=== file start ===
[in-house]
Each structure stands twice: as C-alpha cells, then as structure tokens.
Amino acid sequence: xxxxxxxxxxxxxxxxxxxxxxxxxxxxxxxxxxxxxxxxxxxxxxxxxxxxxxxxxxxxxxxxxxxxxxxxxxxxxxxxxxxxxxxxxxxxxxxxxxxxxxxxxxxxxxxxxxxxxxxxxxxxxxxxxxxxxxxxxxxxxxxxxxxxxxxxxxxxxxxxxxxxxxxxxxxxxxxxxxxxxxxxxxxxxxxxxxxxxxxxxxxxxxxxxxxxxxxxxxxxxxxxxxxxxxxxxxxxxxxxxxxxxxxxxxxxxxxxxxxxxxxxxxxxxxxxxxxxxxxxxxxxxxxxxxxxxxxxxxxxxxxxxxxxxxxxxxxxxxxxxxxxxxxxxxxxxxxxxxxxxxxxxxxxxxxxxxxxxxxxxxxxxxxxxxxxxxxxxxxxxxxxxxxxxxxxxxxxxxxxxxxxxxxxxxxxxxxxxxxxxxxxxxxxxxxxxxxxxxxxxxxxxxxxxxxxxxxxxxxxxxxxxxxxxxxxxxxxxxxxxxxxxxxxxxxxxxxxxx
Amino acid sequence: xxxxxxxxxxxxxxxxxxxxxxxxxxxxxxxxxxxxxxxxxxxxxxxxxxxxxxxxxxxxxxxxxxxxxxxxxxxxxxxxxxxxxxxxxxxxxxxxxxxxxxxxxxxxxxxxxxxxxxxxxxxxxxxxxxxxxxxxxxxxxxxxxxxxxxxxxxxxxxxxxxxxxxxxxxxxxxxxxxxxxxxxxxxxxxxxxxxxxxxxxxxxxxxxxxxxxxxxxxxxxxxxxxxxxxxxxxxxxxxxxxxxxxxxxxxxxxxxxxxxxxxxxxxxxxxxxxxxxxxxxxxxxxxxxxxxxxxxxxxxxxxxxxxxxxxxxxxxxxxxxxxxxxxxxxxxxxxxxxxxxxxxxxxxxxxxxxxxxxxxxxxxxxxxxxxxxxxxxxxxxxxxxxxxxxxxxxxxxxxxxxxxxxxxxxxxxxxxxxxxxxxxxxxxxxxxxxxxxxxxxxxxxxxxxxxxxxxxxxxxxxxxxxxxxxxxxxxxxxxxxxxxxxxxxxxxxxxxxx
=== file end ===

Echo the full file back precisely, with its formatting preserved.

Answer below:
[in-house]
Each structure stands twice: as C-alpha cells, then as structure tokens.
Amino acid sequence: xxxxxxxxxxxxxxxxxxxxxxxxxxxxxxxxxxxxxxxxxxxxxxxxxxxxxxxxxxxxxxxxxxxxxxxxxxxxxxxxxxxxxxxxxxxxxxxxxxxxxxxxxxxxxxxxxxxxxxxxxxxxxxxxxxxxxxxxxxxxxxxxxxxxxxxxxxxxxxxxxxxxxxxxxxxxxxxxxxxxxxxxxxxxxxxxxxxxxxxxxxxxxxxxxxxxxxxxxxxxxxxxxxxxxxxxxxxxxxxxxxxxxxxxxxxxxxxxxxxxxxxxxxxxxxxxxxxxxxxxxxxxxxxxxxxxxxxxxxxxxxxxxxxxxxxxxxxxxxxxxxxxxxxxxxxxxxxxxxxxxxxxxxxxxxxxxxxxxxxxxxxxxxxxxxxxxxxxxxxxxxxxxxxxxxxxxxxxxxxxxxxxxxxxxxxxxxxxxxxxxxxxxxxxxxxxxxxxxxxxxxxxxxxxxxxxxxxxxxxxxxxxxxxxxxxxxxxxxxxxxxxxxxxxxxxxxxxxxx
Amino acid sequence: xxxxxxxxxxxxxxxxxxxxxxxxxxxxxxxxxxxxxxxxxxxxxxxxxxxxxxxxxxxxxxxxxxxxxxxxxxxxxxxxxxxxxxxxxxxxxxxxxxxxxxxxxxxxxxxxxxxxxxxxxxxxxxxxxxxxxxxxxxxxxxxxxxxxxxxxxxxxxxxxxxxxxxxxxxxxxxxxxxxxxxxxxxxxxxxxxxxxxxxxxxxxxxxxxxxxxxxxxxxxxxxxxxxxxxxxxxxxxxxxxxxxxxxxxxxxxxxxxxxxxxxxxxxxxxxxxxxxxxxxxxxxxxxxxxxxxxxxxxxxxxxxxxxxxxxxxxxxxxxxxxxxxxxxxxxxxxxxxxxxxxxxxxxxxxxxxxxxxxxxxxxxxxxxxxxxxxxxxxxxxxxxxxxxxxxxxxxxxxxxxxxxxxxxxxxxxxxxxxxxxxxxxxxxxxxxxxxxxxxxxxxxxxxxxxxxxxxxxxxxxxxxxxxxxxxxxxxxxxxxxxxxxxxxxxxxxxxxxx